10. Hi Ms.Morris,
    I really liked reading your article. I observe that today’s kids are addicted to iPhones,iPads, and other electronic gadgets. Parents are very lenient when it comes to parenting their children. I endorse your view that children should be given books, toys, crayons, paper, Lego blocks, which will enhance and help their creativity. I totally agree with your comment that
    “two year old cannot use an iPhone in any cognitively feasible manner.” Parents should not give in to their children’s demands, but should exercise discretion in what is in the best interest of the child. Children do not know what is in their best interest, and it is the duty of the parents to instill lifelong values.

  11. I agree with every word in this article. It is true that in our generation, many of our teenagers and children are involving themselves in today’s technology like iPads, iPhones, and many more modern devices. I agree with Ms.Morris that parents let their child do whatever they want. Instead of kids handling modern technology, parents should bond with their children even if it is painting, going to the park, or even doing a fun, creative activity at home with their family. Like Ms.Morris said, ” Since when do parents allow their children to decide what they want, when they want it?”. I know so many people who spend all day on their phones and computers. Hopefully in the future, their parents will stop allowing their children to do whatever they want and start spending some quality, valuable time together.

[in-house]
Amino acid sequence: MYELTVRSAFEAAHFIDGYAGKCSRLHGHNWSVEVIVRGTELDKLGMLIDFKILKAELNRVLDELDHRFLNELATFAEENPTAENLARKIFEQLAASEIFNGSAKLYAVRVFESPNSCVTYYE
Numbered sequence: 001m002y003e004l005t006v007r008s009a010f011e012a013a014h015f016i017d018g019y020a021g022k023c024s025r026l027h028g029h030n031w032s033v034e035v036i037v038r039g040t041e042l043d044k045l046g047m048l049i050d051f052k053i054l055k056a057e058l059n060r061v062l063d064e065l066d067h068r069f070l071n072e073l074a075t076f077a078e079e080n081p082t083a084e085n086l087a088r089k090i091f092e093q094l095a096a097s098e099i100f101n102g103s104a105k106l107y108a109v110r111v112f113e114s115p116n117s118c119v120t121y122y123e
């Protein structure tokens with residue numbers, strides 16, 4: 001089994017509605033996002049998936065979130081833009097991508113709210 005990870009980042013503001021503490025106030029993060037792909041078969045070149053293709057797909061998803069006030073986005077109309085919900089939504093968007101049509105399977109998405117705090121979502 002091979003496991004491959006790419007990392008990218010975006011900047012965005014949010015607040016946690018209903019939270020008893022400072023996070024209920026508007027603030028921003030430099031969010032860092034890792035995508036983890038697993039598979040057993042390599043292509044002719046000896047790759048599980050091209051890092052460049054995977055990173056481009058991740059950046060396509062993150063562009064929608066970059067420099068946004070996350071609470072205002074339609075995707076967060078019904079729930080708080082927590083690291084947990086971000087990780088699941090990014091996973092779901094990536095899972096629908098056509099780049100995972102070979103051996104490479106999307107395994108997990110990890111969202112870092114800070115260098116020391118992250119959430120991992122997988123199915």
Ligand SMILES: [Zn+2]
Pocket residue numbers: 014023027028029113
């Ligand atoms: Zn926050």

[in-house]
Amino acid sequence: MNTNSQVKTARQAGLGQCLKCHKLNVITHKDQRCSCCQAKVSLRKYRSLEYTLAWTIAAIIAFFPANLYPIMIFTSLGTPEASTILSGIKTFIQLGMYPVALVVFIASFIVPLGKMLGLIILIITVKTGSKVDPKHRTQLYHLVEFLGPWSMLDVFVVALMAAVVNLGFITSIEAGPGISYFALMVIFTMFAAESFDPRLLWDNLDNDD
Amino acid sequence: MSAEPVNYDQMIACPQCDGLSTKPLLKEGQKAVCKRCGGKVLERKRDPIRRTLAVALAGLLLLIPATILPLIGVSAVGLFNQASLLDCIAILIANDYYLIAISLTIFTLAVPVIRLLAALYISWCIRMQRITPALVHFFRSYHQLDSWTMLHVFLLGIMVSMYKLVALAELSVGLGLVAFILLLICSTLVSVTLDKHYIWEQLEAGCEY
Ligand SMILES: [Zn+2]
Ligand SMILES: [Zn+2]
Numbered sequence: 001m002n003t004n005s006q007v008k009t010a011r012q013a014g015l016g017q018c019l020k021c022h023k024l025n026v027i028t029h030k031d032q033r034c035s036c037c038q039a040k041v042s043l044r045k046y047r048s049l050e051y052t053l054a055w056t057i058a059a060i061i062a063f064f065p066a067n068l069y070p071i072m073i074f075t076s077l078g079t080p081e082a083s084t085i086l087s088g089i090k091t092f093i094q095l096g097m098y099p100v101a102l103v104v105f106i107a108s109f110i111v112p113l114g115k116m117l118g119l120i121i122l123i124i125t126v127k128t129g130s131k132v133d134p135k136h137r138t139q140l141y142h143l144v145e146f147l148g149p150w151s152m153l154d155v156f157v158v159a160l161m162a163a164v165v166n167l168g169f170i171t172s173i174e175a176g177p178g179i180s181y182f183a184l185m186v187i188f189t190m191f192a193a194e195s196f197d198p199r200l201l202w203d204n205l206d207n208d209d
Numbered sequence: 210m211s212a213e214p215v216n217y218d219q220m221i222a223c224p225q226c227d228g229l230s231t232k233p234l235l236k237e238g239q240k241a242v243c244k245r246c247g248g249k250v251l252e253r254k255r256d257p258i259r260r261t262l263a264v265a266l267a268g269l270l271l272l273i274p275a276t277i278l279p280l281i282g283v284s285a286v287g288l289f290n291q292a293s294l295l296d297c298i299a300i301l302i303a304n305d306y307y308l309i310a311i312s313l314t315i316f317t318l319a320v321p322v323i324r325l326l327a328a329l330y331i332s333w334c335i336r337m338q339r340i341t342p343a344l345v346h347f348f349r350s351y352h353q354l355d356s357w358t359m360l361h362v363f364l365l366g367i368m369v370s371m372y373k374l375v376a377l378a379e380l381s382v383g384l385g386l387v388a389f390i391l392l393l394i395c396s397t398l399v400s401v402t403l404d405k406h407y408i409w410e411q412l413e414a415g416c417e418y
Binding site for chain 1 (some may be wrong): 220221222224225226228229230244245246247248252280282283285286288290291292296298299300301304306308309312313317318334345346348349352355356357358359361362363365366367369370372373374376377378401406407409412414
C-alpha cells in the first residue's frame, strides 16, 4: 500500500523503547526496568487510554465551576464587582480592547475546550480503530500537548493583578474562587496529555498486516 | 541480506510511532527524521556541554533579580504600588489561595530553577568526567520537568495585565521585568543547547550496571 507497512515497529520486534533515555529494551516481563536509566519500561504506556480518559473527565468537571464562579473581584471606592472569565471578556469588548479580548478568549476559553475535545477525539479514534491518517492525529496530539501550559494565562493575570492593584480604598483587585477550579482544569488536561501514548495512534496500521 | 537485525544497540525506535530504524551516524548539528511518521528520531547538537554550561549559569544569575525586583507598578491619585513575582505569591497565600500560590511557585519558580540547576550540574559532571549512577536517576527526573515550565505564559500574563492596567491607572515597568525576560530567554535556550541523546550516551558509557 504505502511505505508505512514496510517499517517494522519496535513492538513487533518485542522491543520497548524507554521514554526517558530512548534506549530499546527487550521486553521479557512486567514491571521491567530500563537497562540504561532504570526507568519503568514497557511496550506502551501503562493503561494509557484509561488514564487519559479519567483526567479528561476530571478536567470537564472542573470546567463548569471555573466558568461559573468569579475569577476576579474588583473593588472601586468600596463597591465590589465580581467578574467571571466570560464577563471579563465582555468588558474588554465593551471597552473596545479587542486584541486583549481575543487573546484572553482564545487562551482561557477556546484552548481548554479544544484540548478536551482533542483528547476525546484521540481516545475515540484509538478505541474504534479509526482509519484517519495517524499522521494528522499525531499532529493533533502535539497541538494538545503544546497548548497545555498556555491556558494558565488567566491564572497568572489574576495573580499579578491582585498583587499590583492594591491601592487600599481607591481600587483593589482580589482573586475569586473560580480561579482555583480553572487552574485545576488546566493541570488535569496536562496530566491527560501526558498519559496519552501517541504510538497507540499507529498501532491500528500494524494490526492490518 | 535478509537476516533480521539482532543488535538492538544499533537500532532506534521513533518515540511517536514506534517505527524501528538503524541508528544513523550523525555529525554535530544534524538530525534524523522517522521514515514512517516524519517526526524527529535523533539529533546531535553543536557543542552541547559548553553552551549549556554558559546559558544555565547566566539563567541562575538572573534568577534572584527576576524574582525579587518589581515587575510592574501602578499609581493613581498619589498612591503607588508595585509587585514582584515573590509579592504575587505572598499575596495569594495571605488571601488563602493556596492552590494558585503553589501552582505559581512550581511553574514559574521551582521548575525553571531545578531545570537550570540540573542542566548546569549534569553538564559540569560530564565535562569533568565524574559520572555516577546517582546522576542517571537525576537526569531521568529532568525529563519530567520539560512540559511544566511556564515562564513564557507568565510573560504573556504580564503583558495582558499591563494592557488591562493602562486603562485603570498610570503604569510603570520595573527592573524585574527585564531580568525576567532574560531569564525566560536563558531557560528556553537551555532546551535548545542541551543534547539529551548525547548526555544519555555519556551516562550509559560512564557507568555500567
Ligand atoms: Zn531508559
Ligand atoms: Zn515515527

12. I do agree with certain aspects of this article like the dad taking the iPad away from the child but not because the kid had an iPad, it was because of the parents. The parenting in that situation was unbelievable because of the simple fact that the parents could not get any control over their child. But I do believe that you have not pointed out the good side of technology, for instance I believe that part of the reason that its so bad is that their doing it alone. If they were doing it with someone else then it would be a different story. Another reason I disagree with this article is that technology isn’t always a bad thing. Studies have shown that people who play video games have had better hand-eye coordination and better relationships.Also I think that you have not looked at the bad side of TV, when playing video games, unlike TV, you are aware of your actions. When watching TV all you are really doing is sitting there looking at a screen, and even now video game companies are trying to make games more active like talking into a headset ore having to move around with a kinect sensor which are being sold with the next-generation consoles.